U.S. caps off 2015 by adding 292,000 new jobs in December
The economy produced 292,000 jobs in December, capping off the fifth consecutive year in which employment grew by at least 2 million. Meanwhile, the Labor Department said November and October had even stronger job gains than initially reported, revising the number of new jobs in November from 211,000 to 252,000 and raising October’s gains to 307,000 from 298,000. The U.S. unemployment rate was unchanged at 5 percent, however, nearly half a million (466,000) people joined the labor force in December.
Job growth in December was widespread across many industries, with professional and business services showing the largest gain with 73,000 new jobs. Temporary help services accounted for nearly half of the gain, adding 34,000 new jobs in December. Healthcare increased by 39,000, while the unseasonably warm weather also boosted construction employment by 45,000.
Randstad's U.S. Employee Confidence Index (ECI)
Randstad’s Q4 U.S. Employee Confidence Index (ECI) shows workers continue to report strong confidence levels this quarter. Despite dipping slightly from 61.8 in Q3 2015 to 61.6, the levels remain near record highs. More than one-third of workers (34 percent) believe more jobs are available and nearly six in 10 (55 percent) indicate they are confident in their abilities to find a new job.
U.S. Job Gains
Hiring in December was led again by professional and business services, adding 73,000 jobs last month. Restaurants and retail also boosted staffs to handle the busy holiday season. Manufacturing continues to struggle with falling exports and employment was little changed (+30,000) in 2015, following strong growth in 2014 (+215,000).
Tech firms, banks, hospitals, insurers, auto dealers, restaurants, temporary staffing firms and other service providers have generated most of the new jobs created during the recovery that has taken place since 2009. These companies now easily surpass the once-dominant manufacturing sector.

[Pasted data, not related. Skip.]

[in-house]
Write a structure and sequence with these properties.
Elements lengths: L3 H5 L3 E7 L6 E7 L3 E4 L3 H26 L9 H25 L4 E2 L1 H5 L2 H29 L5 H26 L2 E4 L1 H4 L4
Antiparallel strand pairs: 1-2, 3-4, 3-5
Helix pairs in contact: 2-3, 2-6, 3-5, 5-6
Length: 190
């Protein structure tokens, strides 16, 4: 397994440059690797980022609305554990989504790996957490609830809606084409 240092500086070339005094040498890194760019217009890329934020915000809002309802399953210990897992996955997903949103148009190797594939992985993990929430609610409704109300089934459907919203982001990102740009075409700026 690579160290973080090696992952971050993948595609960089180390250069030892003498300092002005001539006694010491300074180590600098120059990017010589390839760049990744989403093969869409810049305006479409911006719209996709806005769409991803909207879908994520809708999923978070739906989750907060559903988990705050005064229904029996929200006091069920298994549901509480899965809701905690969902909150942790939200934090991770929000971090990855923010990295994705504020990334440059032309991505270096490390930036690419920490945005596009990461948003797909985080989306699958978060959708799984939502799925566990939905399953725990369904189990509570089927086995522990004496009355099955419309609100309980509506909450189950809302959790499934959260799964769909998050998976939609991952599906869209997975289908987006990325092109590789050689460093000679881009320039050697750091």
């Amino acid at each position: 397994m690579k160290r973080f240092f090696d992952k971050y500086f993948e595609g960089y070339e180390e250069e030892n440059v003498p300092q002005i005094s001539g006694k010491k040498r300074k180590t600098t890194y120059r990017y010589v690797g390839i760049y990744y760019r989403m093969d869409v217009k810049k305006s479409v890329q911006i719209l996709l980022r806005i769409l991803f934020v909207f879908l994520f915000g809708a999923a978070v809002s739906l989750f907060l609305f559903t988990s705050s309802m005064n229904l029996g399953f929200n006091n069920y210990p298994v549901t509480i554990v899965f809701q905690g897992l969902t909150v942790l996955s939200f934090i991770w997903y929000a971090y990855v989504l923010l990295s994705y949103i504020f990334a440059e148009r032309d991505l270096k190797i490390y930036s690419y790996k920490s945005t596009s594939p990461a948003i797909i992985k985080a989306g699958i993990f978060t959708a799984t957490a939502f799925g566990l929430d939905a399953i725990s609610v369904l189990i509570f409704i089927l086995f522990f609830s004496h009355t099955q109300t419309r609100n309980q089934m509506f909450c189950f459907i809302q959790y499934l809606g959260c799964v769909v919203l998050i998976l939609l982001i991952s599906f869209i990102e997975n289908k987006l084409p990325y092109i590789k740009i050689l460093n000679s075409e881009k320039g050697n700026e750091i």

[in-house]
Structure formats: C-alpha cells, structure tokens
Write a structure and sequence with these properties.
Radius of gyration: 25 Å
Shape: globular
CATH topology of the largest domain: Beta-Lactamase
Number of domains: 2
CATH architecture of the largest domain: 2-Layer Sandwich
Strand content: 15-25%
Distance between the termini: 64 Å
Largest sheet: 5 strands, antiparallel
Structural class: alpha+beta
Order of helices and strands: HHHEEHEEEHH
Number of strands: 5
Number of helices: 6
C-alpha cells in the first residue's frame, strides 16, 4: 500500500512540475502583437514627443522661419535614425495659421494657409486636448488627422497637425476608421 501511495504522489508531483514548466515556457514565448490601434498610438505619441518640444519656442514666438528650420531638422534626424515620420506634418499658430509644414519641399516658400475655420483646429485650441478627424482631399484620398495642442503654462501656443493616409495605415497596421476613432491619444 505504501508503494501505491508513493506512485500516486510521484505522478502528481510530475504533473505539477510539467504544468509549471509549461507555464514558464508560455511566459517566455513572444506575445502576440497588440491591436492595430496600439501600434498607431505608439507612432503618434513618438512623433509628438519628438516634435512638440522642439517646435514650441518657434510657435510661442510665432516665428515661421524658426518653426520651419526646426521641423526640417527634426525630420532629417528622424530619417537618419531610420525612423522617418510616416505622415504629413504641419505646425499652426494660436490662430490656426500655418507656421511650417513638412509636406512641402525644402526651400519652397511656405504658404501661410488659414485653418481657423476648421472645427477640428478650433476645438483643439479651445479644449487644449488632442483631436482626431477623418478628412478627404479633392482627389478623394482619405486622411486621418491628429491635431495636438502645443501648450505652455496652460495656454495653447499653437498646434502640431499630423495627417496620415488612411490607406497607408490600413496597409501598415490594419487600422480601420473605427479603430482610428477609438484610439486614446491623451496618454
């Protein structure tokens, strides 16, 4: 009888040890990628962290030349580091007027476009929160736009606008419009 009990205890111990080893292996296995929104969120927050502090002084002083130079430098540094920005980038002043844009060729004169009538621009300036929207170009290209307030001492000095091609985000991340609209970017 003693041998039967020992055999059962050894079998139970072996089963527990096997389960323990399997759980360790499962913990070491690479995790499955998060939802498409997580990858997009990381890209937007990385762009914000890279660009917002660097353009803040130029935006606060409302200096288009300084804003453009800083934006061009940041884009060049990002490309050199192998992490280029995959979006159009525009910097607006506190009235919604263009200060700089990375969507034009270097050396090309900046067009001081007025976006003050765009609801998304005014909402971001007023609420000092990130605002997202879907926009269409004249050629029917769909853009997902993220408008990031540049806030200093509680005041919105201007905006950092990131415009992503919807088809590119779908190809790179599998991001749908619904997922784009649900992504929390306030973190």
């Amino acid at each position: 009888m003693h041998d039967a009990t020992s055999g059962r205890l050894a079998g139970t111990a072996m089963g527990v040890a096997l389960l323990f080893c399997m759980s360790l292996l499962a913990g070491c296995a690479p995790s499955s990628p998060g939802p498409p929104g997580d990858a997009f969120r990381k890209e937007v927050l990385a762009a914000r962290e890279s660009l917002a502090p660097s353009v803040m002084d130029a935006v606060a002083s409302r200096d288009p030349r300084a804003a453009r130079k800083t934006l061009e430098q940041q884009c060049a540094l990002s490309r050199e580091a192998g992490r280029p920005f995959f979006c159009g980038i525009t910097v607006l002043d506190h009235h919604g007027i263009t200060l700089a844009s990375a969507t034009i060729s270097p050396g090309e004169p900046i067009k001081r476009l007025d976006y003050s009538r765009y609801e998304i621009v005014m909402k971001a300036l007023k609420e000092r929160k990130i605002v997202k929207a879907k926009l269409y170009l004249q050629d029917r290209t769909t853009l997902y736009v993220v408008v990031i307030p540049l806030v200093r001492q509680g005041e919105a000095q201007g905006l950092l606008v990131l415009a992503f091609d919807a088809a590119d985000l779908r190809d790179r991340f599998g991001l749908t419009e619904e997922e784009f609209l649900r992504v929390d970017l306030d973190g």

U.S. Unemployment Rate
The U.S. unemployment rate remained unchanged at 5 percent in December for the third month in a row, while the number of jobless people was essentially unchanged at 7.9 million. However, the household survey reported nearly half a million Americans (466,000) entered the labor force in December. As a result, the labor force participation rate increased 0.1 percentage points.
U.S. Unemployment Rate by Industry
As the economy’s service sector continues to drive economic growth and job gains, the demand for highly skilled knowledge workers is increasing. The result is significant dips in the unemployment rates for many sectors, such as the information industry, which saw its unemployment rate cut nearly in half year-over-year from 5.7 to 2.9. Financial activities also enjoyed a 2.6 unemployment rate in December, a 0.8 drop year-over-year.
Temporary Help Services Sector
The temporary help services sector rebounded strongly in December following a decline in November. Last month, temporary help services added 34,400 jobs, bringing the total to 2,957,800. This was a 1.2 percent sequential growth and up 3.3 percent year-over-year. The sector’s market share also jumped to 2.06 percent in December and was up 9.9 percent in 2015 overall. In fact, growth for temporary help services in 2015 was the best it’s seen since 2011.
Average Weekly Earnings
Coming in at $25.24, the average hourly earnings for private-sector workers declined by one cent, marking the first decline in a year. Year-over-year wages are up 2.5 percent, matching the best 12-month increase of the year. However, wage increase levels are well below those seen before the recession. When it comes to minimum wage workers, many states and cities are taking matters into their own hands and raising minimum pay rates. In fact, 29 states, plus the District of Columbia and nearly two dozen cities and counties, have set their own minimum wages at a level higher than the federal minimum.
With the revisions to November and October job gains, adding 50,000 more jobs than previously reported and a substantial 292,000 added in December, the economy ended 2015 on a very strong note. The steady increase in hiring in 2015 appears to support the Federal Reserve’s decision last month to raise key short-term U.S. interest rates for the first time in nearly a decade. Last year, the U.S. created 2.7 million new jobs, following a 3.1 million increase in 2014. The period marks the best stretch of hiring since the late 1990s.